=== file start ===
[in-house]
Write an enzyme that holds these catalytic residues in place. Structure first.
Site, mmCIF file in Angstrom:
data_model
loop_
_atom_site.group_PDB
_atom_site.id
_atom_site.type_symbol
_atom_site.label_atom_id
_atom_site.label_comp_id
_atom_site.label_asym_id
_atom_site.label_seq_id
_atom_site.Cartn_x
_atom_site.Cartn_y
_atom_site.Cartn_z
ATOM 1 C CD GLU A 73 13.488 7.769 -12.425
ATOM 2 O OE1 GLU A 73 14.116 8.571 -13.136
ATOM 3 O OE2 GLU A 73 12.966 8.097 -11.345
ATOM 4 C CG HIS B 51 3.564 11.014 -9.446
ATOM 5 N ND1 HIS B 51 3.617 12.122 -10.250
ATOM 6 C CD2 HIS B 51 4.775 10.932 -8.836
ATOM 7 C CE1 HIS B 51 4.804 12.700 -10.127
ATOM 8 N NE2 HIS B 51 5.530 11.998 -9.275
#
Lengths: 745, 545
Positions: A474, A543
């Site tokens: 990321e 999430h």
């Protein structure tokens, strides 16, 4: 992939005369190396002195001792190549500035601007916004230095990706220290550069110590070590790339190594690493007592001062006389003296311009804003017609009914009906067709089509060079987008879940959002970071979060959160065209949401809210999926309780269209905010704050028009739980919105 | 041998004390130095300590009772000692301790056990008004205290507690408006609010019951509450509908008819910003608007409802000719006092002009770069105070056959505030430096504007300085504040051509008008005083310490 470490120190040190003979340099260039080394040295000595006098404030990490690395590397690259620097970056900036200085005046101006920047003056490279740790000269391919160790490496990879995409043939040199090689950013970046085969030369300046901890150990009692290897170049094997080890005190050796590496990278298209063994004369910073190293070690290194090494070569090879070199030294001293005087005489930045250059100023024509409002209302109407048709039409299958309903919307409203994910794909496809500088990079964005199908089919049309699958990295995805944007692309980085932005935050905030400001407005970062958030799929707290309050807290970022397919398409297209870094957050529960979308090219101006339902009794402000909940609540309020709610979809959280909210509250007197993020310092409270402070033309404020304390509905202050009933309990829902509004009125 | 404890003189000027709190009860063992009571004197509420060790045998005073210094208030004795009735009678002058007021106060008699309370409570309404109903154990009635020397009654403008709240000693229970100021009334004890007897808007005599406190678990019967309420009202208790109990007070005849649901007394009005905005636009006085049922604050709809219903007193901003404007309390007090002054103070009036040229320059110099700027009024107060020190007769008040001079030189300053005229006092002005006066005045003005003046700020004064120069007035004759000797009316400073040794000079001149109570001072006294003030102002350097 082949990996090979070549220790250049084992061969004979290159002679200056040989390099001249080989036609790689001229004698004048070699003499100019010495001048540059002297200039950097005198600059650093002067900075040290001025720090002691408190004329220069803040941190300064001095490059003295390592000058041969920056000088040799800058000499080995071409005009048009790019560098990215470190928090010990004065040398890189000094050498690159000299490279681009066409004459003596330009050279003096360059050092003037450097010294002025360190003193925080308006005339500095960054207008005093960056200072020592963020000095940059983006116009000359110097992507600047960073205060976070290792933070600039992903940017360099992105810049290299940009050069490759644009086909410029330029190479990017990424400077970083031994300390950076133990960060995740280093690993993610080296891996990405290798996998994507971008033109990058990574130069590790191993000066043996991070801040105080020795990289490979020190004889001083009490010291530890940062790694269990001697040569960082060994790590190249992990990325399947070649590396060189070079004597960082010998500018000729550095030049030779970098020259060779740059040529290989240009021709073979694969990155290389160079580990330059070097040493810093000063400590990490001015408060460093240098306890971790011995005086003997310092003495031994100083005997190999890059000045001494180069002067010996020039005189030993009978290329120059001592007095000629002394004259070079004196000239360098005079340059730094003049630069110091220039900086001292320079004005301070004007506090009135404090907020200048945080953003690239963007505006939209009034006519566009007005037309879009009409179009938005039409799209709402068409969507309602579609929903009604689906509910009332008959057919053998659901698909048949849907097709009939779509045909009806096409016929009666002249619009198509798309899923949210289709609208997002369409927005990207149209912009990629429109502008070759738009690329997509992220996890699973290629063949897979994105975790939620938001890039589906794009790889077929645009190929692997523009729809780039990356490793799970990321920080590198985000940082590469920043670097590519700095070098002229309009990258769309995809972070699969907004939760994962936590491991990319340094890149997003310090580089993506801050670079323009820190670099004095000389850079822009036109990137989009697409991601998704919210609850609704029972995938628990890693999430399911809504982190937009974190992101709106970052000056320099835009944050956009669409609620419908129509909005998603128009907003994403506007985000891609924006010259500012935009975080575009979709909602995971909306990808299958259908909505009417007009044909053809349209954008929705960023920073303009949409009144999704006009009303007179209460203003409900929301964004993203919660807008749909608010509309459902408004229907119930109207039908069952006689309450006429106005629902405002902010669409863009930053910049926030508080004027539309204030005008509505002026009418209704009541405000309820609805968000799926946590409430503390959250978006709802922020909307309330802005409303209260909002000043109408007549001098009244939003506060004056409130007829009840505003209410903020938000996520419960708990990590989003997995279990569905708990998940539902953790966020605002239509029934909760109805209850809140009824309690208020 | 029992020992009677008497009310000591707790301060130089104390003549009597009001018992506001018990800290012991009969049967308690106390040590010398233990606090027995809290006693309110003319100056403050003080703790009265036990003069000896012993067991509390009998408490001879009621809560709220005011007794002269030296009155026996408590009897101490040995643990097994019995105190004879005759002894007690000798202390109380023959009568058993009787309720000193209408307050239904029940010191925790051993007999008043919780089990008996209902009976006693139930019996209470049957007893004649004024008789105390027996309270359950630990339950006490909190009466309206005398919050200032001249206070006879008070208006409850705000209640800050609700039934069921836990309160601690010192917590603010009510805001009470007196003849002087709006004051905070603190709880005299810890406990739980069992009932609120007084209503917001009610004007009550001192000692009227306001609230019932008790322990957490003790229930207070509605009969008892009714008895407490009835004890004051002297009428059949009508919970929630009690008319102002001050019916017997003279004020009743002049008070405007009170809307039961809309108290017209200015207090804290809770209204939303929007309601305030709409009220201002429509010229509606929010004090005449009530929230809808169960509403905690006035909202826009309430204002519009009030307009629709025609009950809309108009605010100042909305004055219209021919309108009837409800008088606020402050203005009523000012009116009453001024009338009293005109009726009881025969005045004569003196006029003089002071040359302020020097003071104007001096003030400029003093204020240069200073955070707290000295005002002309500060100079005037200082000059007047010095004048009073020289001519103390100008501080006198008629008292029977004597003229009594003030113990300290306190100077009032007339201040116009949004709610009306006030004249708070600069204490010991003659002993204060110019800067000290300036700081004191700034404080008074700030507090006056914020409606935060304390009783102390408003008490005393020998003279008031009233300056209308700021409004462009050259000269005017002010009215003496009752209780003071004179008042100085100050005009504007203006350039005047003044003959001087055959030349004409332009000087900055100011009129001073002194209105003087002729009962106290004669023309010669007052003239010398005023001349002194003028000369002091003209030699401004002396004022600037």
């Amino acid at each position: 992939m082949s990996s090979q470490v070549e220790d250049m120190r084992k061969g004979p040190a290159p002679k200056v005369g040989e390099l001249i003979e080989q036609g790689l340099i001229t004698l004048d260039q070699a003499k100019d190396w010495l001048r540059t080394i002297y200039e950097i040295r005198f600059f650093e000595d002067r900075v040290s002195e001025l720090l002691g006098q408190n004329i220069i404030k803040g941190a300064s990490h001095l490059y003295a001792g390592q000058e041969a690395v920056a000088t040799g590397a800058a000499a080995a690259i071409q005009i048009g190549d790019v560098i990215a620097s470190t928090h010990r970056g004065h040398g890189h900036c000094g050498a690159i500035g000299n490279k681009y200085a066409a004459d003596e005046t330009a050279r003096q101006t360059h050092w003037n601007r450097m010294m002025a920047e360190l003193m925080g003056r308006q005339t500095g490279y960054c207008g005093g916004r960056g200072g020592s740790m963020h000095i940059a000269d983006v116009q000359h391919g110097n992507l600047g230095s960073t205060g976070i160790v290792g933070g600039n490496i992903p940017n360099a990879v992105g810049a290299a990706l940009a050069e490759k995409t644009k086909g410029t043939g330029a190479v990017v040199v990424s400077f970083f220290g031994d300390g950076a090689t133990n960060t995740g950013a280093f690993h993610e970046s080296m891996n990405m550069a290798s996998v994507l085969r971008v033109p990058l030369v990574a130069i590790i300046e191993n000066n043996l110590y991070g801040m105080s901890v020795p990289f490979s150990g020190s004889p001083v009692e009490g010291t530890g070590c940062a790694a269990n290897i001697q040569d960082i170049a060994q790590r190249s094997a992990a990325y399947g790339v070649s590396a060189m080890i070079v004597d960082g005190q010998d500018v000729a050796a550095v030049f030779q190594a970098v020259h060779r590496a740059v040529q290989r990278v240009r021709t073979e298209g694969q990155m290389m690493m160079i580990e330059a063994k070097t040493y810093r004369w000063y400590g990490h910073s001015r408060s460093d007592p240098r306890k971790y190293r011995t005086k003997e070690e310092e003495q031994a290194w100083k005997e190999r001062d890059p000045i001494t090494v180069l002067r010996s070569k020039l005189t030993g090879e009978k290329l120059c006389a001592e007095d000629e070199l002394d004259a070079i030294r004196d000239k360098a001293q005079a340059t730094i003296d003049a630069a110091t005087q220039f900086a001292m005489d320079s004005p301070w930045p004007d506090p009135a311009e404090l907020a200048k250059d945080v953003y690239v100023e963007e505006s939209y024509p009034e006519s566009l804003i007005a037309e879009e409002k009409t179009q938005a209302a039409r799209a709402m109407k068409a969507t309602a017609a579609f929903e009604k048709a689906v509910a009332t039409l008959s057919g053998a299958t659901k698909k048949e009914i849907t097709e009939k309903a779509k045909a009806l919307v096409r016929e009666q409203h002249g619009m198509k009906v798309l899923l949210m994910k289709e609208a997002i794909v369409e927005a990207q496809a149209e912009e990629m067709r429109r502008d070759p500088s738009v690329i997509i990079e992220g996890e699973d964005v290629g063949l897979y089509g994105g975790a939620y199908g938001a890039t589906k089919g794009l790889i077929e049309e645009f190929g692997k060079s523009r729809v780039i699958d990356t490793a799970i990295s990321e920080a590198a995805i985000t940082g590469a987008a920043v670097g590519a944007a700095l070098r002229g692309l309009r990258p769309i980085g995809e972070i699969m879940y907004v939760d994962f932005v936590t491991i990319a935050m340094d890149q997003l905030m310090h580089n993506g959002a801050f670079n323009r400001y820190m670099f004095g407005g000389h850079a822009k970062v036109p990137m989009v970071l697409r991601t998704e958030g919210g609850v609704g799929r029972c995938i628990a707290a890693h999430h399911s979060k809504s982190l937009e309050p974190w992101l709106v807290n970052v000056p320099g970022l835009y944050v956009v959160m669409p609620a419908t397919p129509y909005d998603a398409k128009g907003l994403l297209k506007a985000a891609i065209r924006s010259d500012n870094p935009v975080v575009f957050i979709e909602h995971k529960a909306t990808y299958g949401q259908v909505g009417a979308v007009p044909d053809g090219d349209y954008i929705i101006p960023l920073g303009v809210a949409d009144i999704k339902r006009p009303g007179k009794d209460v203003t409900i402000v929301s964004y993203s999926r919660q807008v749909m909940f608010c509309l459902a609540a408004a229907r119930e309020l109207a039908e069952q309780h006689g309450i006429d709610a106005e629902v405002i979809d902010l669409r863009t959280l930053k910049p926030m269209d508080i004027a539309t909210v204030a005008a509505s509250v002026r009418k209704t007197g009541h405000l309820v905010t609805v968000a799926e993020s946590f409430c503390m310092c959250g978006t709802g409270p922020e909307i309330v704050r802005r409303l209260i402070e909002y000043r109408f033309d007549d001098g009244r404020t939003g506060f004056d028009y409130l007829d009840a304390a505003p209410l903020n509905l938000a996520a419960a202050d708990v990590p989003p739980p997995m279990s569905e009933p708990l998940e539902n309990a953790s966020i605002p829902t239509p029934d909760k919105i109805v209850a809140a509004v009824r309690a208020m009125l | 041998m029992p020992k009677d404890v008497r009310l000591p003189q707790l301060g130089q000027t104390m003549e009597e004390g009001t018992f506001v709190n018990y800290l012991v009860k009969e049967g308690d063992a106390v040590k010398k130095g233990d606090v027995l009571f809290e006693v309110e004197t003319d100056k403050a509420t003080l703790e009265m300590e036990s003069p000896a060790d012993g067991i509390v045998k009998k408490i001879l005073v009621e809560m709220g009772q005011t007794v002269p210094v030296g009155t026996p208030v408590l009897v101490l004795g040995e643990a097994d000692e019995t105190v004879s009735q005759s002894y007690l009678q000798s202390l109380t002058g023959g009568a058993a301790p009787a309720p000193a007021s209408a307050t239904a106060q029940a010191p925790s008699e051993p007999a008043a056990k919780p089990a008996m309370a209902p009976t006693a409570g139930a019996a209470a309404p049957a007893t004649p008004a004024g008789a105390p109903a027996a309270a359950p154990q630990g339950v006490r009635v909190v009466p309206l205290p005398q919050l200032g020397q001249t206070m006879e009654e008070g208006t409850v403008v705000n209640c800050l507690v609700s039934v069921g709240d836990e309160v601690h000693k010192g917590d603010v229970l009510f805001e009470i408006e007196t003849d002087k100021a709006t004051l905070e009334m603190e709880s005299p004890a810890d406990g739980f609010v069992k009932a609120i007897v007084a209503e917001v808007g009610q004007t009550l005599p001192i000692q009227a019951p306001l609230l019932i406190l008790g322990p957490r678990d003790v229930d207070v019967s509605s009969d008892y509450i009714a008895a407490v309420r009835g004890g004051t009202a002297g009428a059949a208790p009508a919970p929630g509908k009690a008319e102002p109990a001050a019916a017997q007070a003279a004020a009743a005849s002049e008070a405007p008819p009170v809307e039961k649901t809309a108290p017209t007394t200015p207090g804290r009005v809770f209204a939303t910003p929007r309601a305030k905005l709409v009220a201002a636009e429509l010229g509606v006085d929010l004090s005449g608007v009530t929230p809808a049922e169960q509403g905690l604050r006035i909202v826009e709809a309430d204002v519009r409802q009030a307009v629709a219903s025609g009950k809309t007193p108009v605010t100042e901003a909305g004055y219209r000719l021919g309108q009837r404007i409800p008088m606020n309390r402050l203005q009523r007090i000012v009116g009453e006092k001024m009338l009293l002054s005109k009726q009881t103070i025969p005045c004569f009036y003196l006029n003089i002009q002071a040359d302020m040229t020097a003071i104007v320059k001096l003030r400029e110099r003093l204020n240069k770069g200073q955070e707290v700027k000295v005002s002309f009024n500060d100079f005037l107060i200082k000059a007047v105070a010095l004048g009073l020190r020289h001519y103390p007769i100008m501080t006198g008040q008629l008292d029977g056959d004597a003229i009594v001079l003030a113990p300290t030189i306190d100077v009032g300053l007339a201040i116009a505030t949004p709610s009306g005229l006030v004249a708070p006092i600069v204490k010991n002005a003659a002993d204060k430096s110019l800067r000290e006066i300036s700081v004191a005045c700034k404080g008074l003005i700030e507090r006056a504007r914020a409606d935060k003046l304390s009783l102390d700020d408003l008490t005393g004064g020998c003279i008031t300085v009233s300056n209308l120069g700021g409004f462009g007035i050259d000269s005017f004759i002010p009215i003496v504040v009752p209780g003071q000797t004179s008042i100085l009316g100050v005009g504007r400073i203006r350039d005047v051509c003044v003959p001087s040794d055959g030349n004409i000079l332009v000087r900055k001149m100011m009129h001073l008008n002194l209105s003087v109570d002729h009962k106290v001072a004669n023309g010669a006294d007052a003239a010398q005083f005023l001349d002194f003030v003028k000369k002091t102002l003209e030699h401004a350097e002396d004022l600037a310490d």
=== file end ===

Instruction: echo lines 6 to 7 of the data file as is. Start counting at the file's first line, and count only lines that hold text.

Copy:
_atom_site.group_PDB
_atom_site.id